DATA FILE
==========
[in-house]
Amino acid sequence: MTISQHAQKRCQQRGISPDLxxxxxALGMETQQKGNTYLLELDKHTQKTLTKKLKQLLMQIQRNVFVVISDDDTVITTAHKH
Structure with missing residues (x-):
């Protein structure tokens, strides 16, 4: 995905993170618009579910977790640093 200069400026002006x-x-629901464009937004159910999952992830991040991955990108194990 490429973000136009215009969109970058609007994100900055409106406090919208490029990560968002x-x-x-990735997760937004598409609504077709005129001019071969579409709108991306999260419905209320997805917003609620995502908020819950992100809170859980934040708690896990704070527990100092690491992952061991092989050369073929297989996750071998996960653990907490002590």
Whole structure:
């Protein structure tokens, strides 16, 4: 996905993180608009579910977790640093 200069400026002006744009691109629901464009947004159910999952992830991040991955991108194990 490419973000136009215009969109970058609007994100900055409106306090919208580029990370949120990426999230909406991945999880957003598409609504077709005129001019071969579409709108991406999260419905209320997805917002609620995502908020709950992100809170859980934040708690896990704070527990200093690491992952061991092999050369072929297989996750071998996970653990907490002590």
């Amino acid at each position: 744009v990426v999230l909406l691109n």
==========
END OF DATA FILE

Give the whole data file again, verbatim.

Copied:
[in-house]
Amino acid sequence: MTISQHAQKRCQQRGISPDLxxxxxALGMETQQKGNTYLLELDKHTQKTLTKKLKQLLMQIQRNVFVVISDDDTVITTAHKH
Structure with missing residues (x-):
């Protein structure tokens, strides 16, 4: 995905993170618009579910977790640093 200069400026002006x-x-629901464009937004159910999952992830991040991955990108194990 490429973000136009215009969109970058609007994100900055409106406090919208490029990560968002x-x-x-990735997760937004598409609504077709005129001019071969579409709108991306999260419905209320997805917003609620995502908020819950992100809170859980934040708690896990704070527990100092690491992952061991092989050369073929297989996750071998996960653990907490002590």
Whole structure:
């Protein structure tokens, strides 16, 4: 996905993180608009579910977790640093 200069400026002006744009691109629901464009947004159910999952992830991040991955991108194990 490419973000136009215009969109970058609007994100900055409106306090919208580029990370949120990426999230909406991945999880957003598409609504077709005129001019071969579409709108991406999260419905209320997805917002609620995502908020709950992100809170859980934040708690896990704070527990200093690491992952061991092999050369072929297989996750071998996970653990907490002590």
């Amino acid at each position: 744009v990426v999230l909406l691109n």